Tuesday, February 26, 2013
It is reported in the NYT this morning (here) that "Republicans Sign Brief in Support of Gay Marriage". One of those Republicans is former Utah governor--and also former, and possibly future, presidential candidate--Jon Huntsman. In an article published just last week in The American Conservative (here), Governor Huntsman wrote:
"While serving as governor of Utah, I pushed for civil unions and expanded reciprocal benefits for gay citizens. I did so not because of political pressure—indeed, at the time 70 percent of Utahns were opposed—but because as governor my role was to work for everybody, even those who didn’t have access to a powerful lobby. Civil unions, I believed, were a practical step that would bring all citizens more fully into the fabric of a state they already were—and always had been—a part of.
That was four years ago. Today we have an opportunity to do more: conservatives should start to lead again and push their states to join the nine others that allow all their citizens to marry. I’ve been married for 29 years. My marriage has been the greatest joy of my life. There is nothing conservative about denying other Americans the ability to forge that same relationship with the person they love.
All Americans should be treated equally by the law, whether they marry in a church, another religious institution, or a town hall. This does not mean that any religious group would be forced by the state to recognize relationships that run counter to their conscience. Civil equality is compatible with, and indeed promotes, freedom of conscience.
Marriage is not an issue that people rationalize through the abstract lens of the law; rather it is something understood emotionally through one’s own experience with family, neighbors, and friends. The party of Lincoln should stand with our best tradition of equality and support full civil marriage for all Americans."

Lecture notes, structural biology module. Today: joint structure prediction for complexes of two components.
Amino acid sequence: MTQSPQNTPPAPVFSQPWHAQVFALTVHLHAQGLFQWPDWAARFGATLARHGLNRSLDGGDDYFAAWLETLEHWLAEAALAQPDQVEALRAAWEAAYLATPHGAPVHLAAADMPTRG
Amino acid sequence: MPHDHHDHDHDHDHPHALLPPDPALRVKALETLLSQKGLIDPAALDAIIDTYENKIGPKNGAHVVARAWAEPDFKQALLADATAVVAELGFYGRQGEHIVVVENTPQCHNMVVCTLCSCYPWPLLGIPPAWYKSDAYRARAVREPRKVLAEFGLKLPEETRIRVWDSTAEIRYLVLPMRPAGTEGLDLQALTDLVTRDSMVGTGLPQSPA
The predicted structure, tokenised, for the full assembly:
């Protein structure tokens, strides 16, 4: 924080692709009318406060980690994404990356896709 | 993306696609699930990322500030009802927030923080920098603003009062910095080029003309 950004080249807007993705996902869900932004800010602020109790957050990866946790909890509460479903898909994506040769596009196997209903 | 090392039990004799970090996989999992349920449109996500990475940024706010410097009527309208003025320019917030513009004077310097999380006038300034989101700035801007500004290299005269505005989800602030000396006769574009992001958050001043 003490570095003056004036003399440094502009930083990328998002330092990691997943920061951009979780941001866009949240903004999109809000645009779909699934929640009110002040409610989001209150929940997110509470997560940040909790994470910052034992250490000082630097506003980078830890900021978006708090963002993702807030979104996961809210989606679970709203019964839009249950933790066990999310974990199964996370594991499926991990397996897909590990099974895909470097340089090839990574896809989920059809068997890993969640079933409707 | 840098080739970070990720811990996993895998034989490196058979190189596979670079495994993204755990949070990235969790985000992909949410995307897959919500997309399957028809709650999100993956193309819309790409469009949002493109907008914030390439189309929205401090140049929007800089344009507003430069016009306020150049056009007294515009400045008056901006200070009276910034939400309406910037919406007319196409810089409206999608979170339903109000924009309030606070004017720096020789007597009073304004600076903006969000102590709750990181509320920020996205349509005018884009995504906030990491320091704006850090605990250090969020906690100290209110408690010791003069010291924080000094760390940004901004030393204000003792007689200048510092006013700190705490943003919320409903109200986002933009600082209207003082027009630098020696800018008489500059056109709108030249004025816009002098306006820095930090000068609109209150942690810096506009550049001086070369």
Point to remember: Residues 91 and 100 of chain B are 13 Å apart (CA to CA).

Monday, February 25, 2013
Raised in Blackwell, Oklahoma, Fr. Ashley attended the University of Chicago where he studied the great books under Mortimer Adler and Robert Maynard Hutchins; studied literature under Thornton Wilder; and studied grammar under Gertrude Stein. In Cloth Bound: How the Great Books seminar turned a radical poet into a philosopher and priest, the biographer says: "Stein liked Ashley’s poetry and encouraged him to write more. As for the verse novel he had written in high school, she told Wilder that she enjoyed it but advised Ashley to 'leave out the fleshy stuff.'"
As for his conversion:
Chicago had exposed him to religion in its many varieties; in the beginning of his first year, his close Jewish friend had taken him to Yom Kippur services at a synagogue, and a Catholic friend occasionally brought him to mass. But it was only after reading Aquinas that he found an intellectual challenge to his Marxism and atheism. “I was gradually convinced by my own reflections that Aquinas had provided a better case for theism than Marx or Darwin had provided against it,” he says. Then faith entered: as he recovered with difficulty from an appendectomy at the University of Chicago Hospitals in 1937, he started to pray. ...
Ashley started studying Catholicism in River Forest with a priest of the Dominican Order, the same order Aquinas belonged to. He attended daily mass at St. Thomas the Apostle church in Hyde Park and in 1938 was baptized. “The Socialist Workers’ Party expelled me as a scandal,” he recalls, “and I was forced to rethink my Marxism.” He still sympathized with the movement’s call to equality and social justice, but its dogmas and party commitments were incompatible with his new religious path. Ashley transferred to the University of Notre Dame to finish his studies; in 1941, he took vows as a Dominican, adopted the name Benedict, and commenced studies to become a priest.
Although I never met Fr. Ashley, I am grateful for our correspondence and for his contribution to Recovering Self-Evident-Truths: Catholic Perspectives on American Law. His chapter is titled "A Philosphical Anthropology of the Human Person: Can We Know the Nature of Human Persons?"